AMD Ryzen 9 7900X vs Ryzen 9 5900X: Performance metrics, power consumption, and others compared

An AMD Ryzen 7000 chip (Image via AMD)
An AMD Ryzen 7000 chip (Image via AMD)

Leaked benchmarks are hinting at massive performance hauls with the Ryzen 9 7900X. The older Ryzen 9 5900X was seen trailing by a solid 30% in the recently revealed Geekbench 5 score, which was shared by leaker @BenchLeaks on Twitter.

The Ryzen 9 7900X chip is expected to hit the market on September 27. The all-new X670 and X670 Extreme motherboards will also debut on the same day. In contrast, the budget B650 and B650 Extreme offerings will be launched in a month from late October.

AMD was not joking about the performance gains of the Zen 4-based Ryzen 7900X

A Zen 4-based Ryzen chip (Image via AMD)
A Zen 4-based Ryzen chip (Image via AMD)

The Ryzen 9 5900X scored a respectable 1,669 points in Geekbench's single-core performance test. With regards to the multi-core performance test, the processor scored a competitive 13.946 points. These stats make the last-gen Ryzen 9 a very powerful processor for any heavy workload, ranging from gaming to content creation and rendering.

However, the upcoming Ryzen 9 7900X beat its last-gen counterpart by a huge margin and managed to score a whopping 2,167 points in the single-core Geekbench 5 performance test. In the multi-core performance test, this new chip managed to score 18,446 points.

[GB5 CPU] Unknown CPUCPU: AMD Ryzen 9 7900X (12C 24T)Min/Max/Avg: 5265/5640/5589 MHzCPUID: A60F12 (AuthenticAMD)Scores, vs AMD 5800XSingle: 2167, +25.4%Multi: 18446,

This leaked data makes the upcoming 12-core chip almost 30% faster in single-core workloads and a massive 32% in multi-core performance tests, when compared to its previous model. These achievements are clearly in-line with the performance hauls the American chipmaker, AMD, claimed at the Ryzen 7000 reveal event.

The Ryzen 9 7900X's boosted performance will come at a hefty cost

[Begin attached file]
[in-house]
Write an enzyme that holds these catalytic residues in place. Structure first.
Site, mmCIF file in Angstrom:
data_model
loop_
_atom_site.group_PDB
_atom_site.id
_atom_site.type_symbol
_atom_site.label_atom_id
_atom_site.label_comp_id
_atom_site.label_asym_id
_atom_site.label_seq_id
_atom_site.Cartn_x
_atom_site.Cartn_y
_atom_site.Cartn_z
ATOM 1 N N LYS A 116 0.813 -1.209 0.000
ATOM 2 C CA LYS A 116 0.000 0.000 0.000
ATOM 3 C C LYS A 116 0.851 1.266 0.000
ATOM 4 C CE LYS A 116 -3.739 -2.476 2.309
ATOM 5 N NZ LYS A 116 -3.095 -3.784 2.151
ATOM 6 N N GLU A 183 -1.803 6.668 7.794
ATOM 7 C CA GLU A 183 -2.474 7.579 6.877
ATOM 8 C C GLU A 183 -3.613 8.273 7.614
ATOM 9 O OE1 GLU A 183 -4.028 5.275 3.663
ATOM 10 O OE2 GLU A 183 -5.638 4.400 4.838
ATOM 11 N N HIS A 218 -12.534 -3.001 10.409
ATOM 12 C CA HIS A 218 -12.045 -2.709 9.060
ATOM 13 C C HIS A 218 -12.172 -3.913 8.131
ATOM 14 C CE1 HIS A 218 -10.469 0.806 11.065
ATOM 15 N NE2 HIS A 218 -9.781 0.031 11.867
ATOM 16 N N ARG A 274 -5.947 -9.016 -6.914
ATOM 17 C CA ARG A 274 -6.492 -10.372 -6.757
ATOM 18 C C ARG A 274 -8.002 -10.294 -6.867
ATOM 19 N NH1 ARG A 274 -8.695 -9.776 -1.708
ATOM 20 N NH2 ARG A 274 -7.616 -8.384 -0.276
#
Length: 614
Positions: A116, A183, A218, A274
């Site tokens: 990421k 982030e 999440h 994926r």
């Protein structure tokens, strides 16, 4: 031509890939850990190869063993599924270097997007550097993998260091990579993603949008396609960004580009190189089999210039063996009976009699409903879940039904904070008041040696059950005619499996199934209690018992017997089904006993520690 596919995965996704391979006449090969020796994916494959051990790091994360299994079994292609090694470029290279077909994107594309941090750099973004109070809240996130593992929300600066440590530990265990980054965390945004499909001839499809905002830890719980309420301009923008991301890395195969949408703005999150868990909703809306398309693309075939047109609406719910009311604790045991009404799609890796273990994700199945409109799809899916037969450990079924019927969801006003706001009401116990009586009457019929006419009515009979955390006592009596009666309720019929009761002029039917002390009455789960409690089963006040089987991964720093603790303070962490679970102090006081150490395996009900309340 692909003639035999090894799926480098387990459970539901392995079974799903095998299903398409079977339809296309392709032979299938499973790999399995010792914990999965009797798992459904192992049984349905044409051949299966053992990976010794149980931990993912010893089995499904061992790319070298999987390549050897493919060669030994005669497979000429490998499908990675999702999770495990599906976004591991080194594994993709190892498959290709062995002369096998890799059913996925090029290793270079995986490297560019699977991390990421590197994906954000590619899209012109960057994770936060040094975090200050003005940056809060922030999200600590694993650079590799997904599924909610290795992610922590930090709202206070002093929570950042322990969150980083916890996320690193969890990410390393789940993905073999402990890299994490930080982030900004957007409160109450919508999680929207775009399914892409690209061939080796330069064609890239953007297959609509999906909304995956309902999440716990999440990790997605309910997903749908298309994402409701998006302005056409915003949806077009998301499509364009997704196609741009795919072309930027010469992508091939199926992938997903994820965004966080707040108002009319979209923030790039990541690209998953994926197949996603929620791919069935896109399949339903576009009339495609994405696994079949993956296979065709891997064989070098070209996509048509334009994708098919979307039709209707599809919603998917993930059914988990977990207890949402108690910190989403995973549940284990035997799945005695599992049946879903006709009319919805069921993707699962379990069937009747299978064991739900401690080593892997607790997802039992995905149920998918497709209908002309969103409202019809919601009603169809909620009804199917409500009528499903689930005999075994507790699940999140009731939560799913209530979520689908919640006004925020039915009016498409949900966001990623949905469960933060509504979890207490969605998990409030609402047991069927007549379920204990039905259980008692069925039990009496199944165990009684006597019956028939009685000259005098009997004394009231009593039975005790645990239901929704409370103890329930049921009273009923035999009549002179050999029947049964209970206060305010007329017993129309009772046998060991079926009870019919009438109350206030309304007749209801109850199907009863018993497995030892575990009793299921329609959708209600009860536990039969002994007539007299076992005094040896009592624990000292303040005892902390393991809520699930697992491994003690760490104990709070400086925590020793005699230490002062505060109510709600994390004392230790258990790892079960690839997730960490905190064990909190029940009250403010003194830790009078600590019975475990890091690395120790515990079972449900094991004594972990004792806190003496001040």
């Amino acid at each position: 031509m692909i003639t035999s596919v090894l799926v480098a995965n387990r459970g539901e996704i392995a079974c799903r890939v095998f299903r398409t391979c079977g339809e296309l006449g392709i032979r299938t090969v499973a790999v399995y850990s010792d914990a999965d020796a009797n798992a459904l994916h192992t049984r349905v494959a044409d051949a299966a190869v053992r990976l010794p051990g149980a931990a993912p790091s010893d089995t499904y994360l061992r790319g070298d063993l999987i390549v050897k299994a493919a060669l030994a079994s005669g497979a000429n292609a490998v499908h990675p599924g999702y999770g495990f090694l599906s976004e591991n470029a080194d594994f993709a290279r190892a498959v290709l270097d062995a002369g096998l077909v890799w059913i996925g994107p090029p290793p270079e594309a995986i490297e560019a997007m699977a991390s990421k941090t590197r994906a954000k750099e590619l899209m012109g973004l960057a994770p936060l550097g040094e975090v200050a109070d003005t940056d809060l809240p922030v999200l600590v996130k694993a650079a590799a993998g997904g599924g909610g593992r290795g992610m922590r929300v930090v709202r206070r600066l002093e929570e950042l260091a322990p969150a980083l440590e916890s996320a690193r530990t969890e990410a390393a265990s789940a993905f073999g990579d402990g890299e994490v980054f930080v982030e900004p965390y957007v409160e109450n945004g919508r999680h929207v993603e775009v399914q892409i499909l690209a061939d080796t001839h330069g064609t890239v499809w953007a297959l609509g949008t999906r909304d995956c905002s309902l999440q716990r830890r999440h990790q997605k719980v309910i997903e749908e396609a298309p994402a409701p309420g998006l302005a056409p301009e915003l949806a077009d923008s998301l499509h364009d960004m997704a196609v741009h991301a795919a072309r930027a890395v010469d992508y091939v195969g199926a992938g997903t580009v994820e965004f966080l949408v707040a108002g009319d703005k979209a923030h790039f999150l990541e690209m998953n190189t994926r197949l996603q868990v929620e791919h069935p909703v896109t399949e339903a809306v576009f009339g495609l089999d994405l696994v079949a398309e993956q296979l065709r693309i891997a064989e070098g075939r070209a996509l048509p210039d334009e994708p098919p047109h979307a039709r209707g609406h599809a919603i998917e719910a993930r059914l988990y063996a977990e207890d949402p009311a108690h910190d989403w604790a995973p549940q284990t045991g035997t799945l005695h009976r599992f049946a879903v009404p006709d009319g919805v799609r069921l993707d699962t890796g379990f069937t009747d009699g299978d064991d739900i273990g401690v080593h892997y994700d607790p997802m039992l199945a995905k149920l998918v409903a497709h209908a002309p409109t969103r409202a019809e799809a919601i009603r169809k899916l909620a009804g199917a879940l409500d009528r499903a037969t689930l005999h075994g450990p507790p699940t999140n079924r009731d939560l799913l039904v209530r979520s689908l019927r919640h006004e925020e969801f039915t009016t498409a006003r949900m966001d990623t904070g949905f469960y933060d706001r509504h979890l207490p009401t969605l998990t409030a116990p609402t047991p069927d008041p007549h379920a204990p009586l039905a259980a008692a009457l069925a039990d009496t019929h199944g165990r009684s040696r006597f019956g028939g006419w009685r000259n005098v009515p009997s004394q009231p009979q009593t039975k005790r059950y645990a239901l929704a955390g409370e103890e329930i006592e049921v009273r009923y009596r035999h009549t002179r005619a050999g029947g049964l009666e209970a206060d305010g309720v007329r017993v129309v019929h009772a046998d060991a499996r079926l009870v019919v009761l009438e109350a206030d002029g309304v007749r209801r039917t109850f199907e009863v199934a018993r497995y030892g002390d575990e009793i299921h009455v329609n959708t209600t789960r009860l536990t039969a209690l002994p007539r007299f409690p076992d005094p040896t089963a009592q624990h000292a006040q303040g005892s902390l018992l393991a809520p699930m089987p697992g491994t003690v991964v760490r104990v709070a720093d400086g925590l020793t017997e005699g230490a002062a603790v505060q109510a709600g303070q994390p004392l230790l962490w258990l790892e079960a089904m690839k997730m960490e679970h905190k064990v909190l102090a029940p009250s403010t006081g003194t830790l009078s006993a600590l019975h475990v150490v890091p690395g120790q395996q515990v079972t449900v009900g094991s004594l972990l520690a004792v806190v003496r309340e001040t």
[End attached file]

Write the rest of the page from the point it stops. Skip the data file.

An AMD Ryzen 7000 chip (Image via AMD)
An AMD Ryzen 7000 chip (Image via AMD)

However, it is worth noting that, despite the Ryzen 9 7900X and 5900X being priced similarly, users will have to dish out significantly more money to be able to enjoy the increased performance metrics of Zen 4.

The upcoming processors will only support DDR5 RAM and have completely dropped support for the last-gen DDR4 memory modules, unlike what Intel is doing with their 13th gen Raptor Lake processors. Since DDR5 memory is significantly costlier, with the cheapest 16 GB kits costing almost $80, potential buyers should be ready to spend more.

Additionally, leaks also suggest that the upcoming X670 and X670 Extreme motherboards will also be quite expensive in comparison to older AM4 offerings. The AM4 platform was in use for almost six years. Thus, the platform has several cost-effective offerings. Being fairly new, the X670 lineup still does not have numerous options to choose from.


Both Intel and AMD have engaged in healthy competition over the last year. Each company is coming up with technology that makes the other's offerings significantly less value for money.

To add to this, the companies are also designing chips that go significantly beyond their previous creations. The significant performance overhaul of the Zen 4-based Ryzen 9 7900X over its Ryzen 5000 series equivalent is a great example of this trend.

Disclaimer: This article is based on leaked data. Facts and opinions might change after the product's launch.

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Edited by Atul S
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